Expenditures under Perry rose an average of 4.2 percent every two years, while increasing only 2.3 percent on average under Bush — with both figures adjusted for inflation and population growth.

But Paul appears be correct with his figures on the growth of Texas’s state debt.  The Fort Worth-Telegram in July also calculated that the state debt rose from $13.4 billion in 2001 to $37.8 billion in 2010, or almost triple, as Paul said. That’s actually a faster pace than the growth of the federal debt.

But here’s what Paul didn’t say: Debt is fine if prudently managed, and Texas — with its rapid growth in population — appears able to handle the debt load.

“In a May report, Standard & Poor's gave the state an AA+ rating, citing its outperforming economy, strong cash management and constitutional limits on debt,” the newspaper said, noting that per capita, only Tennessee has a smaller state tax burden.

Paul was inaccurate or misleading on three accounts so far, and he doesn’t redeem himself with his claims about the Texas payroll. He said Perry added 170,000 government jobs, but his campaign today e-mailed numbers showing the actual increase to be 30,583 between the years 2000 to 2007 — no word on why the campaign selected those years while omitting the last four.

We also checked Texas state data listed on the Web site of the Labor Department’s Bureau of Labor Statistics. That showed state government jobs grew 50,000, or 13 percent, through July 2011, during Perry’s tenure. That’s less than the growth in the state’s population.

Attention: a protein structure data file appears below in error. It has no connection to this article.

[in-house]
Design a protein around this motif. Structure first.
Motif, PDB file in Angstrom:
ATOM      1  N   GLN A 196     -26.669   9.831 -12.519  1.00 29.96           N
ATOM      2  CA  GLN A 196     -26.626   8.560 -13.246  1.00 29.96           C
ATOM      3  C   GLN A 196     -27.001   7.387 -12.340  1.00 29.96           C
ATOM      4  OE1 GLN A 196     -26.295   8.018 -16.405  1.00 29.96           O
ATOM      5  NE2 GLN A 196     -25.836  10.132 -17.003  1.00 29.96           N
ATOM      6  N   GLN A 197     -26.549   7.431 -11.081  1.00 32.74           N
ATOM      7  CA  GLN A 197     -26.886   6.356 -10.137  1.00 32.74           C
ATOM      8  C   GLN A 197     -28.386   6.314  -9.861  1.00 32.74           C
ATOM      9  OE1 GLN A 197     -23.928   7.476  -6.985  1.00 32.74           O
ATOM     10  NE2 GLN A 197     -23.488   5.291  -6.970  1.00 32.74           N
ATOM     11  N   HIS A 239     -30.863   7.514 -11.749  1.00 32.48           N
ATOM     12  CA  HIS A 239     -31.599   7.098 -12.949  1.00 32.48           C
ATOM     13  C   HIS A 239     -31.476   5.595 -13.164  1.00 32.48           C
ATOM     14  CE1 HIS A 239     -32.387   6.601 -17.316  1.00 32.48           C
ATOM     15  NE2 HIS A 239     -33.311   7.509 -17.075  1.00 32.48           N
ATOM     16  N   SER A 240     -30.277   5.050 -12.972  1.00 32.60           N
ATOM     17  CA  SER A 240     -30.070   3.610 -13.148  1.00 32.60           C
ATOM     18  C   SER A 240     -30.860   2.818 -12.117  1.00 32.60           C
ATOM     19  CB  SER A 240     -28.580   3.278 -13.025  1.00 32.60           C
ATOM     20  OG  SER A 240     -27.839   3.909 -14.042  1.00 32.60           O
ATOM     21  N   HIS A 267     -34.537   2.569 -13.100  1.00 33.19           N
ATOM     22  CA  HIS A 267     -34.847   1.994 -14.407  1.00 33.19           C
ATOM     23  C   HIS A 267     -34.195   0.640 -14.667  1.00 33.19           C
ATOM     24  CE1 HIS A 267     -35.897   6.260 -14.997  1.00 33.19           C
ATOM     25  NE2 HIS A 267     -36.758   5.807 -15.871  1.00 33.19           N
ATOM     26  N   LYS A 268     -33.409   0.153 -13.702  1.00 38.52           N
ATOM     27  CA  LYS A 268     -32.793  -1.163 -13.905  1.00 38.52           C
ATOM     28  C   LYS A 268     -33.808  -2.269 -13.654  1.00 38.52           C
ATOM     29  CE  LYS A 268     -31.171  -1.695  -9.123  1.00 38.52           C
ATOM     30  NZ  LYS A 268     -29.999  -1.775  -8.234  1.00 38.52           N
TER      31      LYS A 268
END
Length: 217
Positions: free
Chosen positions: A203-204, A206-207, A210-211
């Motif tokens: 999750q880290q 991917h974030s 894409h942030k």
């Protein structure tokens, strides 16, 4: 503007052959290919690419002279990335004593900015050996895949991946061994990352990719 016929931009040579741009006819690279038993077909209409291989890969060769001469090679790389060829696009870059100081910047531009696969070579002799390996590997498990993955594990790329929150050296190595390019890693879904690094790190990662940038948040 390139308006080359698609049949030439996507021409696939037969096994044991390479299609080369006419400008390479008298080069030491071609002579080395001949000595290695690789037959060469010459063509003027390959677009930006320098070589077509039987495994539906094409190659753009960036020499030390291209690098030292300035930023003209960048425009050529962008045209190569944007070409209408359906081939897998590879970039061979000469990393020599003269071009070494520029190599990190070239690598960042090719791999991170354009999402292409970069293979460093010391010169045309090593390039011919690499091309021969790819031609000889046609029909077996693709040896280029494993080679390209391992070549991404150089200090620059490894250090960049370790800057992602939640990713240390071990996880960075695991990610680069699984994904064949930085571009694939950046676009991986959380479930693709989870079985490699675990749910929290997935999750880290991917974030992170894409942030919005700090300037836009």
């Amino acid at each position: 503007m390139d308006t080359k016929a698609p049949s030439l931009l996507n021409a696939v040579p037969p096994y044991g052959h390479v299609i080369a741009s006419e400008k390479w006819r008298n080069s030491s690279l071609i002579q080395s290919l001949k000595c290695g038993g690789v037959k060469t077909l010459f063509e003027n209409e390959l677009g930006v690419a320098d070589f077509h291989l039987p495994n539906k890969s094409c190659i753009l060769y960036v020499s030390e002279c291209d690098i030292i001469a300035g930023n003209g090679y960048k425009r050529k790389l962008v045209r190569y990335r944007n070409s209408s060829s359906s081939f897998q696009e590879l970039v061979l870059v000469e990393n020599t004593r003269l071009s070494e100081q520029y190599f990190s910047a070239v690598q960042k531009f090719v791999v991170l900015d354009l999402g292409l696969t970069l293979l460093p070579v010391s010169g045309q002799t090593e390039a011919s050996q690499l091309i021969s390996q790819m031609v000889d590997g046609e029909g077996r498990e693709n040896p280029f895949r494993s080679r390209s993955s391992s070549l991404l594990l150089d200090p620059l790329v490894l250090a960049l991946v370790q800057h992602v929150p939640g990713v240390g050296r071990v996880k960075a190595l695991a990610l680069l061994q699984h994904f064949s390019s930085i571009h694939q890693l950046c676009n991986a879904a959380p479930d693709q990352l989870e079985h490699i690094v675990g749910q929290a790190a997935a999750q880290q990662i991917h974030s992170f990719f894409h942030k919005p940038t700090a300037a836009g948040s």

So how did Perry do with his claim of cutting taxes?

Perry said he lowered taxes by $14 billion during his tenure as Texas governor. We found a document from his campaign Web site listing 67 bills amounting to tax relief he claims.

One obvious mistake for the governor is that he sold himself short, saying he signed 65 tax-saving measures when his campaign document lists 67.

Regardless, both those numbers appear to exaggerate the amount of legislation Texas lawmakers directed toward tax cuts. Perry’s campaign lists the savings on 43 of the bills from that sheet as negligible, or “N/A.”

The remaining 24 bills amount to $14 billion in tax savings, but the lion’s share of that relief comes from $12.6 billion in savings on school property taxes, specifically those that go toward maintenance and operations.

Beyond that, the governor actually raised taxes in certain areas, although it didn’t amount to a net increase.

To Perry’s credit, his tax-cut list includes — and accounts for — nearly $18 billion in hikes related to franchise taxes, cigarette taxes and changes in the way used cars are valued for taxation, which was used to offset some of the reduction in property taxes.


The Pinocchio Test

 Perry’s inflated figure for significant tax-cut legislation is a relatively minor violation, worth about a Pinocchio. But Paul appears to have fallen short on every claim he made, so he gets three.

 Three Pinocchios

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(Please welcome Josh Hicks to The Fact Checker team. This is his first column.)